Although electrochemical doping is an excellent method for the fine control of doping density in nanocrystals, it does not ensure permanent high doping density of the nanocrystal since the nanocrystal is susceptible to decomposition by the applied potential in some cases. The stable potential range is an indicator that shows the electrochemical potential range in which the material can stably maintain the excess carriers. The stable potential range can be determined by considering the reduction potential of the constituent elements of the nanocrystals. For example, the range of stable doping for HgS lies between −0.73 V and 1 V, which is obtained from the oxidative and reductive reaction of HgS bulk according to ref. 35. The oxidative potential for (HgS)n + 2h+ → (HgS)n−1S + Hg2+ is 1 V/NHE using E = ΔG0f/2F + E0, where ΔG0f, F and E0 are the free energy of formation, Faraday constant and reduction potential, respectively. Therefore, if the holes are generated at a potential more positive than 1 V, the HgS nanocrystals is readily decomposed (oxidized). Similarly, when the electrons are present at a potential more negative than −0.73 V, the HgS nanocrystals are easily reduced. For ZnSe nanocrystals with a reduction potential of −0.762 V (vs. SHE) for Zn/Zn2+, it is less likely to form an n-doped material because the conduction band of the bulk ZnSe is −1.5 V (vs. SHE), meaning that the material can be readily oxidized by giving off excess electrons. Furthermore, the electrochemical doping is likely to have a tolerable number of oxidative/reductive charging cycles due to the possibility of the surface chemistry change.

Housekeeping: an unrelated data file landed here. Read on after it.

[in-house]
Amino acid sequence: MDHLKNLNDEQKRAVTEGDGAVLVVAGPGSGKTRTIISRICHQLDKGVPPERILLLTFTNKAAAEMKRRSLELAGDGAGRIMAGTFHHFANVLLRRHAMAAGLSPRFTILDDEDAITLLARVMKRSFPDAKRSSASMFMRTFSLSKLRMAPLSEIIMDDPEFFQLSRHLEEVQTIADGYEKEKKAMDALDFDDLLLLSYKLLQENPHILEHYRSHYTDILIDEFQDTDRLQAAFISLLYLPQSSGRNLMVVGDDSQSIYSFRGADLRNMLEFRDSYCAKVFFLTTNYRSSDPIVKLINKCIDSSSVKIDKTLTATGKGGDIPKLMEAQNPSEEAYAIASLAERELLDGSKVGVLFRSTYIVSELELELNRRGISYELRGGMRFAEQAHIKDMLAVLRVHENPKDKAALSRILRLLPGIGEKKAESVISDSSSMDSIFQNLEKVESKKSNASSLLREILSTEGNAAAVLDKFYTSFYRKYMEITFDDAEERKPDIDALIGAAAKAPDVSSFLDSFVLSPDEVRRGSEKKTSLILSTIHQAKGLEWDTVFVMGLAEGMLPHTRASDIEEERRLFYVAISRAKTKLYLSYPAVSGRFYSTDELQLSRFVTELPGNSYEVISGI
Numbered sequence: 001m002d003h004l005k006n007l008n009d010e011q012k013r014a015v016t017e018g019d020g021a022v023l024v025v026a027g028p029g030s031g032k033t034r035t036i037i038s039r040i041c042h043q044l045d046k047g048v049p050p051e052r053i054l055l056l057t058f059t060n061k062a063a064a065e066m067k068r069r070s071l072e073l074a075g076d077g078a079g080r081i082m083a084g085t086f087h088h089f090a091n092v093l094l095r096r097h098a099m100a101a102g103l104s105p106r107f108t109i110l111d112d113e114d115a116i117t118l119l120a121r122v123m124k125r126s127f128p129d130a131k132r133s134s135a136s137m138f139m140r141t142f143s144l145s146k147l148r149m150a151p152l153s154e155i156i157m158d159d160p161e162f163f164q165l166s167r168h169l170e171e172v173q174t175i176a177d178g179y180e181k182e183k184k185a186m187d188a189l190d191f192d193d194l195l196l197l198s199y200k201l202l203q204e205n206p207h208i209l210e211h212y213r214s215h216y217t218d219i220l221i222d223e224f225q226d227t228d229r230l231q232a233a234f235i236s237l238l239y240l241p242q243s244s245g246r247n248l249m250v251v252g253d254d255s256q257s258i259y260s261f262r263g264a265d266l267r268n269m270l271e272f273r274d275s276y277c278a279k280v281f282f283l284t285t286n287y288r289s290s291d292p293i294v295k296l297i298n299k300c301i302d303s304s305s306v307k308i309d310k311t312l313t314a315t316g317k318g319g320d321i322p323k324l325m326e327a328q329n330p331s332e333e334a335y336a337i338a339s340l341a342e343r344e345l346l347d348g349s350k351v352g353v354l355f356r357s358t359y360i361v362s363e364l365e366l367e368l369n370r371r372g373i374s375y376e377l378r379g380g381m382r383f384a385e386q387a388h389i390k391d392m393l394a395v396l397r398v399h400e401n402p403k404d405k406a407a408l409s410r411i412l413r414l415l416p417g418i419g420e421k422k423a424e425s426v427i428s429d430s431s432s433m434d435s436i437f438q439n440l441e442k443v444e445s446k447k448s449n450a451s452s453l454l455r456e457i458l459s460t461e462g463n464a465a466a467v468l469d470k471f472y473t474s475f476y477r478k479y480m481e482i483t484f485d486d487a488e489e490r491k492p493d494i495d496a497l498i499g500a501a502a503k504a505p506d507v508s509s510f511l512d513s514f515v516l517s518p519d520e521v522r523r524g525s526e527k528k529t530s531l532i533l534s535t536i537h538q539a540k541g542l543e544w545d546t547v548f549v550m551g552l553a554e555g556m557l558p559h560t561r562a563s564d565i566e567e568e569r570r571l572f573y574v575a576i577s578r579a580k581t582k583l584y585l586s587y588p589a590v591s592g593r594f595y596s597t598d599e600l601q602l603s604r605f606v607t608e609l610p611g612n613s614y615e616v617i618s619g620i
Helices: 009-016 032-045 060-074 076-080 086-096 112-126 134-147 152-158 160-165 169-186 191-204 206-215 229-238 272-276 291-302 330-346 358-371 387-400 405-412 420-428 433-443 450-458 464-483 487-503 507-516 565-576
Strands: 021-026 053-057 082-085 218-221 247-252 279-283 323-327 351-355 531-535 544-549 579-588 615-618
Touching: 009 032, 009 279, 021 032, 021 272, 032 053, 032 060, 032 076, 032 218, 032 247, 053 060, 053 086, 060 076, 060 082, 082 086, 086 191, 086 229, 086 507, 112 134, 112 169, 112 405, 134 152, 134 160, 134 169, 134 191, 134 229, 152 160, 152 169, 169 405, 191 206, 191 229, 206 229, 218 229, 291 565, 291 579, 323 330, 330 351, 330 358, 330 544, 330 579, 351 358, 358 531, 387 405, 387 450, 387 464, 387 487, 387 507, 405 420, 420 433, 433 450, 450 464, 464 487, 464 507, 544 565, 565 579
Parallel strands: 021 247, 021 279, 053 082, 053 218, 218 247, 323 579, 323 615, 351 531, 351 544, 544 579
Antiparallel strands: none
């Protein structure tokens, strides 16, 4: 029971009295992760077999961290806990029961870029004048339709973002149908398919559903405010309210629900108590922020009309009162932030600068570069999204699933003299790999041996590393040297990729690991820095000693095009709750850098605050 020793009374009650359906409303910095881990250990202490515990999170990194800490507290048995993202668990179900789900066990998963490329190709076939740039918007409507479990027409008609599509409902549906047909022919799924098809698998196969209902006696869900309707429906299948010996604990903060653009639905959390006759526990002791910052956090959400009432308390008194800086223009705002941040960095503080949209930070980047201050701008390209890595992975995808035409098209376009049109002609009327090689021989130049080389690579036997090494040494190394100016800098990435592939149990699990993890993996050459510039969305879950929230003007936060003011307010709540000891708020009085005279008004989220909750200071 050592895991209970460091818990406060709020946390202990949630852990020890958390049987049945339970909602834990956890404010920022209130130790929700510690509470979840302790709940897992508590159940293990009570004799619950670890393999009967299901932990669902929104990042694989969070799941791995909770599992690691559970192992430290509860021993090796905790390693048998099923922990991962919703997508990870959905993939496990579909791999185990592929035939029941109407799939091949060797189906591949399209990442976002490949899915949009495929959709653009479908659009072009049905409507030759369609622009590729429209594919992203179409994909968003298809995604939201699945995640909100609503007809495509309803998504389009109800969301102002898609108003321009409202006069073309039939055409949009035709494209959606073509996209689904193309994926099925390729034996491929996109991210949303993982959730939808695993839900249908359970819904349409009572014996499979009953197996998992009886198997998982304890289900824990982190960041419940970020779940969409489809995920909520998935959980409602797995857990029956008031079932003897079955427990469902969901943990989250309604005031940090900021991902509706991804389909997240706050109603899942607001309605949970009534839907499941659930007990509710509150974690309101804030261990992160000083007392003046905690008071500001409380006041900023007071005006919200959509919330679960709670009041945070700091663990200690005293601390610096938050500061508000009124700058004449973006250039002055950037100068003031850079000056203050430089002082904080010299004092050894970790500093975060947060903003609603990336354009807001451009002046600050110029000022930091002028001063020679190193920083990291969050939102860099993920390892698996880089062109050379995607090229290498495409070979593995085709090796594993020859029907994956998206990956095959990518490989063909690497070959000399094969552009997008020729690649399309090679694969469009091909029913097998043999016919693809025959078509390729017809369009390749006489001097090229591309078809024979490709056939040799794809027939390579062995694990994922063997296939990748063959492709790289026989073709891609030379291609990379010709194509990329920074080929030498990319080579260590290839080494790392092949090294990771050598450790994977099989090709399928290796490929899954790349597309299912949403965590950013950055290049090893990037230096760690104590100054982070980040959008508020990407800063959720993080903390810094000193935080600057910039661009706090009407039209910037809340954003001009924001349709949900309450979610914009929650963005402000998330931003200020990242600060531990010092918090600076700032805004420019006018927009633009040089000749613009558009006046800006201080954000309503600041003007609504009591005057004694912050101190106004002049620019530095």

Charge transfer doping